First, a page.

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TECHNOLOGY

CSA Exclusive: PwC sees two-pronged AI disruption in retail

BY Dan Berthiaume

Retailers of all types and sizes are responding to the impact of AI, but not in the same way.

Chain Store Age recently spoke with Steve Barr, consumer markets leader at professional services firm PricewaterhouseCoopers (PwC), about how AI is reshaping the retail landscape. Barr cited some statistics from a recent study PwC did on retail CEO attitudes toward AI that demonstrate widespread industry interest.

Study results indicate 62% of retail CEOs feel AI will have a wider impact on the world than the Internet revolution, and almost 80% agree AI will significantly change the way they do business.

According to Barr, AI is already causing transformation across the retail enterprise, but some retailers are further ahead in the innovation curve than others.

“Retail is in an interesting time,” said Barr. “Legacy retailers are seeing transformation through AI and analytics and are looking at the quality of data being generated and how they will use it.”

Meanwhile, Barr said online and omnichannel retail startups may employ as many as 100 data scientists within their organization, while established retailers may have recently begun looking for their first data scientist hires.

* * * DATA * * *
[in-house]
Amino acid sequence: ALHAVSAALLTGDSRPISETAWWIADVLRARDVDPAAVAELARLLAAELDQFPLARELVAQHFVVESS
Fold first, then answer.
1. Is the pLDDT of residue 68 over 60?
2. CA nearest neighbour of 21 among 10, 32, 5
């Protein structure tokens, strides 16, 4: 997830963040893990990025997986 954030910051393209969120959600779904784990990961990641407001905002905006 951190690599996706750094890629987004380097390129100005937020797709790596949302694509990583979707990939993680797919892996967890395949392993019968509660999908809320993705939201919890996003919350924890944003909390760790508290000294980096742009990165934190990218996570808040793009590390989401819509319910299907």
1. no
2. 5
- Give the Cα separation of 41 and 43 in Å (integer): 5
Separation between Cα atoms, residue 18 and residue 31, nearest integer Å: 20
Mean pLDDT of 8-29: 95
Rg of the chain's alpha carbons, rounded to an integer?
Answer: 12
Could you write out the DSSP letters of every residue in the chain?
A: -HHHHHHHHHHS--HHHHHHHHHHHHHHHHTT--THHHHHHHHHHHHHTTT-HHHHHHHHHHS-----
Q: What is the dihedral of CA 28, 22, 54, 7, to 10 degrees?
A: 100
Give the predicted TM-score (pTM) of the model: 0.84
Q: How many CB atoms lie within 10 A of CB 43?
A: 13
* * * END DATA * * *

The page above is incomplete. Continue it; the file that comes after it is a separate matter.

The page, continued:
“There is such a wide dispersal of capability respective to data analytics and AI,” commented Barr. “For digital disruptors, AI and data analytics are core and fundamental to what they do. Legacy retailers recognize the value, but are just beginning to implement. There is no one great answer as to how AI is disrupting retail.”

As an example of the disparity in retailers’ AI and data analytics capabilities, Barr described the range of sophistication in targeting promotions to customers.

“The high-performing retailers are curating very specific and targeted opportunities for regions, markets and stores,” said Barr. “The best are targeting to the customer level. They’re on their own maturity curve – some retailers are curating offerings around weather, buying habits, or social media commentary.”

In contrast, Barr said other retail organizations have not evolved their AI-based targeting capabilities to this level.

“Legacy retailers make customer recommendations based on trends at the regional or merchandise level,” said Barr.

One major issue legacy retailers have with using AI and data analytics to perform pinpoint targeting is their supply chains are not designed to support narrow offerings.

“Legacy retailers built their supply chain and operational models in an environment not driven by deep data and analytics,” said Barr.

However, newer startups developed their supply chain and operational infrastructures in the modern, data-driven retail climate.

“Digital disruptors built their model around ‘eaches,’” explained Barr. “Individual pieces can be curated for narrow offerings. There is capacity within the organization for substantial data and analytics that can be delivered to the customer.”

Right now, Barr said direct-to-consumer retailers can offer the most individually curated offerings based on AI and data analytics. However, even the disruptors are heading for a paradigm shift.

“The next evolution will get it one step closer to the store,” said Barr. “Retailers will modify their store offerings and adapt them according to the data.”

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